Eating chocolate in bed would not usually be OK with me. Crumbs, especially in bed, are upsetting. But on this particular occasion, what used to be a reasonably sized bar of dark chocolate has by now been completely decimated; what remains is lying on top of the wrapper, next to me beneath my purple comforter. I’ve been under here for about two hours now, time I would usually regret not spending more productively — I could have gone running, taken a shower and dried my hair in that amount of time; I could have baked two full batches of cookies; I could have cracked out a few integral calculus problems.
On this fine Tuesday, however, my chocolate crumb-consciousness has been completely overshadowed by college consciousness. Noticing that I could be spending my time doing something else would require some balanced cognitive process, which I currently seem incapable of. Rather, I am reasonably content to lie here, not just waving at disappointment as I stop by, but swimming in it.
It would be irrelevant and distracting to discuss how many and which schools I applied to. Suffice it to say, I was not accepted to every school to which I applied. Instead, the wait list has become a familiar destination for me. For those who don’t know, as I didn’t a year or so ago, most schools have wait lists. Theoretically, they will take students off the wait list if admitted students choose not to attend, thereby opening up more space in the incoming class. Considering that one of the schools at which I was wait-listed has not taken a student from the list for the past two years, and another has a wait list as long as that of the incoming class, it’s unlikely I’ll be attending either. The (dormant) rational part of me probably knows this really isn’t so bad, since being wait-listed is kind of like getting a nod of approval. The academic equivalent of, “Hey, I don’t want to date you, but you’re kinda cute,” or something similar. From an even broader perspective than that, I’m lucky enough to go to college, something I have always wanted to do. For that, I’m very grateful.
Still, I am deeply disappointed, and very, very frustrated. There is nothing more upsetting than finding out your dream school, the one to which you have been writing practice applications since you were 14, would rather take students so unlike what you thought they were looking for — so unlike you — that you can’t help but realize they were not at all what you thought they were. To again pick up the relationship analogy, it’s like having a crush on the smartest, funniest, most attractive kid in school for years, only to find out he or she sometimes cheats on exams, has a sense of humor closer to your grandmother’s than yours and has weird moles. He or she is still a great person; just not for you.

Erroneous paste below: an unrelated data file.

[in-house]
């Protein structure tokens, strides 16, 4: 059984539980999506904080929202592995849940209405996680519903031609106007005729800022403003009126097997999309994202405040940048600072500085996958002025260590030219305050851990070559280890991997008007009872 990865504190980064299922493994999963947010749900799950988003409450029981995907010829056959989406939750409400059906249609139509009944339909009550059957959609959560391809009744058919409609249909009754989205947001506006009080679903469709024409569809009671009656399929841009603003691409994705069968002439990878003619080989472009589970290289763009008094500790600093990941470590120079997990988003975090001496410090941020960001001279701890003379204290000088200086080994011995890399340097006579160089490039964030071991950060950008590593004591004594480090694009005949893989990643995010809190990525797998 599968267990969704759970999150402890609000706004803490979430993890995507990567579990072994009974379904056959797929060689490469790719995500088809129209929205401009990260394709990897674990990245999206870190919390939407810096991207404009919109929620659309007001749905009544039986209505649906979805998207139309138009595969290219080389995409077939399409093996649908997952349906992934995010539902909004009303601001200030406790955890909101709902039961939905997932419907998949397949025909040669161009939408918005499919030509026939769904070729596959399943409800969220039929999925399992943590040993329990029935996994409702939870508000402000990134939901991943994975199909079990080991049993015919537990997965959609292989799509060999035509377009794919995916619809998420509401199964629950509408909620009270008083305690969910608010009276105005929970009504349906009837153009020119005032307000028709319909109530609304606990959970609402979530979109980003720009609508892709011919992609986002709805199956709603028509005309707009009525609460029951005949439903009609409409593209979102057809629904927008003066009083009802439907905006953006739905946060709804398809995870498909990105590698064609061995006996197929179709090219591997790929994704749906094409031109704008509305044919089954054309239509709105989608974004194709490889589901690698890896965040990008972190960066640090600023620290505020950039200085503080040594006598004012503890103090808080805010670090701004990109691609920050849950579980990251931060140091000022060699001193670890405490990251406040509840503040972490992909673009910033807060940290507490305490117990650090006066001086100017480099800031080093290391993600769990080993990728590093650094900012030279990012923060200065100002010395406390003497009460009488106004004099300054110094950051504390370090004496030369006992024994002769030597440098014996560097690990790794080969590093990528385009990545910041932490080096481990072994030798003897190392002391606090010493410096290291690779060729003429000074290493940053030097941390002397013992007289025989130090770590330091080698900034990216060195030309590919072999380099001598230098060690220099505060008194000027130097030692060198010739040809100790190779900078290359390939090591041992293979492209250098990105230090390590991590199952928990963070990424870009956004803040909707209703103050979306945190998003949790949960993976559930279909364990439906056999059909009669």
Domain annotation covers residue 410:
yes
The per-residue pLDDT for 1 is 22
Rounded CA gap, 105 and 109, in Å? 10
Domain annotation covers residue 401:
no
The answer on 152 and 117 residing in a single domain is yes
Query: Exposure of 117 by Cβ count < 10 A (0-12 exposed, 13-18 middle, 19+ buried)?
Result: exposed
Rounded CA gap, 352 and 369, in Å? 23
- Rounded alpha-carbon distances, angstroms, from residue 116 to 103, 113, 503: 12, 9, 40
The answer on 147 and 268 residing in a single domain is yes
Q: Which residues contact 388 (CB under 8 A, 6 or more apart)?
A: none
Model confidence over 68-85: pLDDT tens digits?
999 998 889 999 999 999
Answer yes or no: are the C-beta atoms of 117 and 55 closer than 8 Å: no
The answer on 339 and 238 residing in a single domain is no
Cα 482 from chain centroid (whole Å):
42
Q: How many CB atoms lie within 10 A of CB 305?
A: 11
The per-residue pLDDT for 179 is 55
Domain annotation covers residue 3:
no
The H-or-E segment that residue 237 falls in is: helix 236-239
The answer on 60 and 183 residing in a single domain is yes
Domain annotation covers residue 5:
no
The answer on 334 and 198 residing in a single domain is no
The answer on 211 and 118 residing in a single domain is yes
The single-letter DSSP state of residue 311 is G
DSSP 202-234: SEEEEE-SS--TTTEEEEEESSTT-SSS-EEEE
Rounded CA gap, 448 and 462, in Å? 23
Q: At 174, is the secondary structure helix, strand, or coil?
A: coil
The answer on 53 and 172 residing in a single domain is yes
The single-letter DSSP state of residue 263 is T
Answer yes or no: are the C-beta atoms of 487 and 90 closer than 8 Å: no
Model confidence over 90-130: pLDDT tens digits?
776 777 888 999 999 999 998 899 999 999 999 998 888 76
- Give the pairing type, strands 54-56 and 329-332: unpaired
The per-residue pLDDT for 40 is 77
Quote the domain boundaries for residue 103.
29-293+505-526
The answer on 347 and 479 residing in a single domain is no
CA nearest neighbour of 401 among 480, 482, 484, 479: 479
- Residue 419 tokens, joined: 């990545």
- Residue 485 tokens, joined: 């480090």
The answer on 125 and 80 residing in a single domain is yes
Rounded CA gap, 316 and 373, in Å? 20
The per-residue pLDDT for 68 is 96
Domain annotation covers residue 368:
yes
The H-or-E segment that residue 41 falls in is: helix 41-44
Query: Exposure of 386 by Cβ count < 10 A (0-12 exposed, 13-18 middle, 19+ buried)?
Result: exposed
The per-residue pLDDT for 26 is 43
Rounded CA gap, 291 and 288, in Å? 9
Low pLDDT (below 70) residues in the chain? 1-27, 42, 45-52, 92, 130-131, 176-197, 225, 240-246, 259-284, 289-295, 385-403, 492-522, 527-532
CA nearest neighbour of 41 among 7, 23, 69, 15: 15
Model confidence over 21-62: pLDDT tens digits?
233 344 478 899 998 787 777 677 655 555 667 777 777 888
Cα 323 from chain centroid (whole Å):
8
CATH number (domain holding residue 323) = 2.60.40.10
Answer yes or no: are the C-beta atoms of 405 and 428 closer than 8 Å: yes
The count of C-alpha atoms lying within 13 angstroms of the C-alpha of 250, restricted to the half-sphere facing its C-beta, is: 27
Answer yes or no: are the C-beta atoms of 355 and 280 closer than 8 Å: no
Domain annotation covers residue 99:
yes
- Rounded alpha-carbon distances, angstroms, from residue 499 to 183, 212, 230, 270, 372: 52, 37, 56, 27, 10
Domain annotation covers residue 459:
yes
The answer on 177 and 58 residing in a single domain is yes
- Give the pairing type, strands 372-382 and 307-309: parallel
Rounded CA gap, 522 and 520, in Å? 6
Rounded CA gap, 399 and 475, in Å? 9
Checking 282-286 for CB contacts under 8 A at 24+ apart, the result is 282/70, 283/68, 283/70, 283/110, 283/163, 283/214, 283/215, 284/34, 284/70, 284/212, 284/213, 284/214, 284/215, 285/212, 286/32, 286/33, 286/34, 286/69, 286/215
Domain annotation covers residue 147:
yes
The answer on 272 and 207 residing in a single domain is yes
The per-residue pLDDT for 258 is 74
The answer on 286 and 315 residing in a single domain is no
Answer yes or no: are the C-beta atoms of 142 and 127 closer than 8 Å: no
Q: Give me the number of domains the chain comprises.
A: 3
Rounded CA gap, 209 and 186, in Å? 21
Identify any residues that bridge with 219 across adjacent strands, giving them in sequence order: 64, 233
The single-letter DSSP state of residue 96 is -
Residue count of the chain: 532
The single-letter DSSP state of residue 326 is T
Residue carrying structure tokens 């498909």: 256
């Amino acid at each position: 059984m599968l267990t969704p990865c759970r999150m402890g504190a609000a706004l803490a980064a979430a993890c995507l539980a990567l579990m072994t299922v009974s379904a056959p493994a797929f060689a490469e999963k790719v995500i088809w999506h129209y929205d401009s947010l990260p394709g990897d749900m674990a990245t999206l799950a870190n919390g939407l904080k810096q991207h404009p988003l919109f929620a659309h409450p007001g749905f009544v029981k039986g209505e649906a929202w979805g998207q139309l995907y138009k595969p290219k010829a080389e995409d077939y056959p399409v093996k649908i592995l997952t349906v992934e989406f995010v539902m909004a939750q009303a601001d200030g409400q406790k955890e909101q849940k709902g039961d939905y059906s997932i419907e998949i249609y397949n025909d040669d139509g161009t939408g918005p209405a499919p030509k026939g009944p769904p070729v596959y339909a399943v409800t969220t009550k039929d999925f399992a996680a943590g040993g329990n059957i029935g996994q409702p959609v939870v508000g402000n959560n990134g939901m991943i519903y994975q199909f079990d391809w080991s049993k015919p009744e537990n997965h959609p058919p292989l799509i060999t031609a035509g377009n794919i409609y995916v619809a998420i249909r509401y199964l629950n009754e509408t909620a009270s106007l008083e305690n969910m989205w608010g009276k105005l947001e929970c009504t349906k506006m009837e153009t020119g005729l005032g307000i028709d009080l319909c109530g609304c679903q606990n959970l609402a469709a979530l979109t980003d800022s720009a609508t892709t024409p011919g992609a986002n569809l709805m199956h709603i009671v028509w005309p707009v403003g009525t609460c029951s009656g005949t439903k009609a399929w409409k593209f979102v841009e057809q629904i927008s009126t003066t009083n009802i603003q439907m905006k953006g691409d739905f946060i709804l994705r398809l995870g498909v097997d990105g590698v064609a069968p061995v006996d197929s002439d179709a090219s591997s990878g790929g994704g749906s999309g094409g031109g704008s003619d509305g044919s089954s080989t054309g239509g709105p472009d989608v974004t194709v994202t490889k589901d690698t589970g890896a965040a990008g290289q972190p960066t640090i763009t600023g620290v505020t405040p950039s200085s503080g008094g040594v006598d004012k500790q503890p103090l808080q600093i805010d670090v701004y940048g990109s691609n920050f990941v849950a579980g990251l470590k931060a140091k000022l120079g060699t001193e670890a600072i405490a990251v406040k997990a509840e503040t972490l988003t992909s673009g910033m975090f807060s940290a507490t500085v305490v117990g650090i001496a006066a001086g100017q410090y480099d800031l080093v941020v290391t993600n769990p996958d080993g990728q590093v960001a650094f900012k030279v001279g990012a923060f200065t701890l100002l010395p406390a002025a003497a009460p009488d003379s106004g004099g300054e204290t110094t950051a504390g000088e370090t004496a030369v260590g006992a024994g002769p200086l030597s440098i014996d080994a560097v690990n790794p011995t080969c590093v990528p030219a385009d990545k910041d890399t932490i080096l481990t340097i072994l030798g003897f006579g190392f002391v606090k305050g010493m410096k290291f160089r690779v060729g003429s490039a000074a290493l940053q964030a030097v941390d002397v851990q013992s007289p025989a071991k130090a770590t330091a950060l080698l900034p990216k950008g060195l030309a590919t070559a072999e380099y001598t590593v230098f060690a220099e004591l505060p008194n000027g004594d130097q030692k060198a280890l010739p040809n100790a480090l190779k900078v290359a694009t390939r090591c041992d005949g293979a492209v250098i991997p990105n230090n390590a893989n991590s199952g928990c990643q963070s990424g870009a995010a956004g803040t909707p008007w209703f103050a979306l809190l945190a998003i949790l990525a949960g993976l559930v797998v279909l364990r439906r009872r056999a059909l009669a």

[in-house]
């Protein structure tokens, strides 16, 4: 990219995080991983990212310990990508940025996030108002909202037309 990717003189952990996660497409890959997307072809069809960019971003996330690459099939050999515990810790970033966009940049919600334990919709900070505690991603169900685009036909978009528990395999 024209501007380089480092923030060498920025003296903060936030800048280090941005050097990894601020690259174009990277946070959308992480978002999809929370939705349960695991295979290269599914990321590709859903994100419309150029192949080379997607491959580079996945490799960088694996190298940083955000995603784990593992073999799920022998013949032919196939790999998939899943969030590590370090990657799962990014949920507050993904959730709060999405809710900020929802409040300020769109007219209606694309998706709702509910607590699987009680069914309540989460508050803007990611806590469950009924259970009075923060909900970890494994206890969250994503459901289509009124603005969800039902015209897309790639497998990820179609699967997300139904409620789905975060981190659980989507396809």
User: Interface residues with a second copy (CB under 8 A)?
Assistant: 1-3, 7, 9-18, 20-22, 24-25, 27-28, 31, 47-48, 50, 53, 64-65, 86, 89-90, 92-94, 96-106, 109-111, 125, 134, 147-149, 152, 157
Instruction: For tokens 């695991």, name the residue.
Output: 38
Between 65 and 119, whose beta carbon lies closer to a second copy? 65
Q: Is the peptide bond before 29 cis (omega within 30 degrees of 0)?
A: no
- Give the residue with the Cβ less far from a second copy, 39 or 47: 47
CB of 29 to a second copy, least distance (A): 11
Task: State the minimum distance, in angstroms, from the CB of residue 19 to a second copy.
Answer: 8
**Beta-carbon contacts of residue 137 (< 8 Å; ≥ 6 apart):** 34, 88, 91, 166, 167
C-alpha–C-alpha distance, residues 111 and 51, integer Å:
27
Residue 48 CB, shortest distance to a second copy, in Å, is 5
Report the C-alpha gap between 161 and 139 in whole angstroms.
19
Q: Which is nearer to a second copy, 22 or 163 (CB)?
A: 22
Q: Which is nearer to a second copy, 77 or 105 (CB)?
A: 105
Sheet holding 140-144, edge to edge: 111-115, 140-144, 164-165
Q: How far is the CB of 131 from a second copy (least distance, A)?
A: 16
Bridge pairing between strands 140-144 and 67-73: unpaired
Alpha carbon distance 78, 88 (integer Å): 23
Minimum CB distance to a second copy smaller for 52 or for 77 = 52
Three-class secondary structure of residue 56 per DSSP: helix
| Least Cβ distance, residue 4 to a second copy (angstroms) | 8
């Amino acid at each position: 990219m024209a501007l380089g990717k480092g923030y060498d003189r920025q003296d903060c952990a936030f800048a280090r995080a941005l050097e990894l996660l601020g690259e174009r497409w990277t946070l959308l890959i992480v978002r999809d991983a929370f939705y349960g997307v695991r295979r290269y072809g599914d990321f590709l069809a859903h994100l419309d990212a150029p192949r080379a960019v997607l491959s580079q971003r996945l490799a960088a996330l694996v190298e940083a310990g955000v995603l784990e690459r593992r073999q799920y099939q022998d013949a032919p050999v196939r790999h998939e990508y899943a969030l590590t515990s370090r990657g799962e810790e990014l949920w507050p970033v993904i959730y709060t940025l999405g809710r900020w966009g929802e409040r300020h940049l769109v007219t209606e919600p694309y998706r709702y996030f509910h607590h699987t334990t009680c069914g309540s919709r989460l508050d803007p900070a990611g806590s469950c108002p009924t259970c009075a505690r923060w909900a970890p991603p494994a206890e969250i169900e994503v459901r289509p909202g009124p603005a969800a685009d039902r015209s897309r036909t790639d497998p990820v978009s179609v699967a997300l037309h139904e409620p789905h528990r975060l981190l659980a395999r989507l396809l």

With regard to college, Inglemoor senior (and my good friend) Matt Martin is in a position similar to mine. His first-choice school deferred him early decision then wait-listed him last week. Tremendously smart and always positive, Martin has been compiling a list of things he wants to do in college. His list includes: sleep outside for a week; put on an iPod and live a day like a music video; crawl to class; babysit a professor’s kids; go sledding on a cafeteria tray; and learn what the electoral college actually does. Looking over his list the other day, I was reminded that it’s not so much the school you attend, but what you bring to it that makes the difference. Every school has cafeteria trays, and Martin can bring his energy anywhere.
College admission, I would like to posit from under the covers, is very much a beauty contest — and the old truism reminds us, “beauty is in the eye of the beholder.” It’s a highly subjective process. For this reason, maybe we shouldn’t take either rejections, acceptances or wait-list notifications too seriously.
This does not mean, however, that under-cover chocolate eating can or should be circumvented. I would never wish it upon anyone, but what little life experience I have has taught me that the chocolate times are the times I grow (not only in terms of thigh circumference) the most. Ultimately, in my wisest corners, I believe this is the point of high school, of college and of life — to grow.
Hannah Joo is an Inglemoor High senior.